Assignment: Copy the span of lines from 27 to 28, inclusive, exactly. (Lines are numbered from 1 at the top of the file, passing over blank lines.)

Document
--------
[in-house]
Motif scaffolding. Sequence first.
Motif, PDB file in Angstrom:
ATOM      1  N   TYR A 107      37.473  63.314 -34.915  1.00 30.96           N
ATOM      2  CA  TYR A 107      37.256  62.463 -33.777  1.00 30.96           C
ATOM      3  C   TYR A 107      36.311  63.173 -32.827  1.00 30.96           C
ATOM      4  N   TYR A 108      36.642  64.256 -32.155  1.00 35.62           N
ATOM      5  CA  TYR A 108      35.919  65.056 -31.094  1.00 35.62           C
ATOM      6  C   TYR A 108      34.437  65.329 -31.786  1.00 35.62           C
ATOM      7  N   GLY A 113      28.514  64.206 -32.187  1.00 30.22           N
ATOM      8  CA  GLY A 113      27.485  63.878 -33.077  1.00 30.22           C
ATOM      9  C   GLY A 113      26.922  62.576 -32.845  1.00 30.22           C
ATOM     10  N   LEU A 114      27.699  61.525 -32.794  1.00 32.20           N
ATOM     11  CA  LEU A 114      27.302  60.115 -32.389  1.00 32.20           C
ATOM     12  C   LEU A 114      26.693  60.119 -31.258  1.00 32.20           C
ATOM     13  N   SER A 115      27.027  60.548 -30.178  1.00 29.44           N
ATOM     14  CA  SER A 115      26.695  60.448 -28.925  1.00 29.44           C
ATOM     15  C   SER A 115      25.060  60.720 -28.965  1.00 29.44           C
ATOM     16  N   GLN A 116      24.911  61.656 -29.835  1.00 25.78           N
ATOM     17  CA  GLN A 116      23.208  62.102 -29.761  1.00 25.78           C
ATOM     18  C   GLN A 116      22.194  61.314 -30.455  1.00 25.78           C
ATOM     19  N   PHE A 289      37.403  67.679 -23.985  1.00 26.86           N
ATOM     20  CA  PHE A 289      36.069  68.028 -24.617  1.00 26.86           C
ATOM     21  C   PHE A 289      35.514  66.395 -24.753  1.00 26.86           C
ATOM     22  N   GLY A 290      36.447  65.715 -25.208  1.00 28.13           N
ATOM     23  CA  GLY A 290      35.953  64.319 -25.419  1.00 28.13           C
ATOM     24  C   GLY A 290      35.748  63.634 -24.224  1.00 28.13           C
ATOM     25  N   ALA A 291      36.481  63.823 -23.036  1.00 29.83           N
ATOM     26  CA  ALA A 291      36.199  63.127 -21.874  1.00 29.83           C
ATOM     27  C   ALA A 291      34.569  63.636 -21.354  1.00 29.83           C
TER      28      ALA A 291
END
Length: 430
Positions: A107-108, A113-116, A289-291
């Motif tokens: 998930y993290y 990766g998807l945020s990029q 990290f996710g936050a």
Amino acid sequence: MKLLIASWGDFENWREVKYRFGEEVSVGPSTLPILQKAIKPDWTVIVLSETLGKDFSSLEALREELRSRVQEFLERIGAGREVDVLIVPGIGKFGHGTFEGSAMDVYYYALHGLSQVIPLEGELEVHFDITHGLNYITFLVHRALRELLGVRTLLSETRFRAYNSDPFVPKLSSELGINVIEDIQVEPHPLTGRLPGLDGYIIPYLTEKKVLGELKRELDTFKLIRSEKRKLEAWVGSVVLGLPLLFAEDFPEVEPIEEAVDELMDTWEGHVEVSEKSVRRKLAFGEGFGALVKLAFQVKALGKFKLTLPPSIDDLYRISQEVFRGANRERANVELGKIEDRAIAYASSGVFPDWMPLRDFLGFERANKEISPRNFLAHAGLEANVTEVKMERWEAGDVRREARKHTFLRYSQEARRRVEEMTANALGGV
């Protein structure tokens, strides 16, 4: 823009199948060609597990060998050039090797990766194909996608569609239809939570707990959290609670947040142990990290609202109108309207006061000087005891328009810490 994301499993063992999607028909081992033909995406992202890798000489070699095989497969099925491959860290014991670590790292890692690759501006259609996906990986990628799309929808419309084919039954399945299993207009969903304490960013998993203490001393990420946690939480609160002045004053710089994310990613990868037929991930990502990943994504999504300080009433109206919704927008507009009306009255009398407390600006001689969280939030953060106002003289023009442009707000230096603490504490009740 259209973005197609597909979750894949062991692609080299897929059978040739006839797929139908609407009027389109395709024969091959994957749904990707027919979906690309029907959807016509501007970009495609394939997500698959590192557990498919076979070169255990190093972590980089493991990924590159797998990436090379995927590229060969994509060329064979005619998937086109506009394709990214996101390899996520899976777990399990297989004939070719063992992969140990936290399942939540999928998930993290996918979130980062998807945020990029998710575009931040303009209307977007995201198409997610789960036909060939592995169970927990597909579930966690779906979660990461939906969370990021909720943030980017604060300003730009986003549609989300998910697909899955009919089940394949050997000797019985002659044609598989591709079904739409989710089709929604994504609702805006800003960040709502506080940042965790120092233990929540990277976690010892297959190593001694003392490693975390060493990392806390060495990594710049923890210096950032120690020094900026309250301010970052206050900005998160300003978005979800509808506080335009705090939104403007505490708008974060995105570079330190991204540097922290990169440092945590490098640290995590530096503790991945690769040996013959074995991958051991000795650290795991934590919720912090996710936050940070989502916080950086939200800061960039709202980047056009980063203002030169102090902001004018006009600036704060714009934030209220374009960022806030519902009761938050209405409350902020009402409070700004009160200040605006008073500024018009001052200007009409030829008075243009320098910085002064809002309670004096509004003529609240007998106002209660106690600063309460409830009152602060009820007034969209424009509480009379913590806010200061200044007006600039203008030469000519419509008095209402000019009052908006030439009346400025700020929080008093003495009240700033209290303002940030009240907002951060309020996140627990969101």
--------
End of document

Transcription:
ATOM     24  C   GLY A 290      35.748  63.634 -24.224  1.00 28.13           C
ATOM     25  N   ALA A 291      36.481  63.823 -23.036  1.00 29.83           N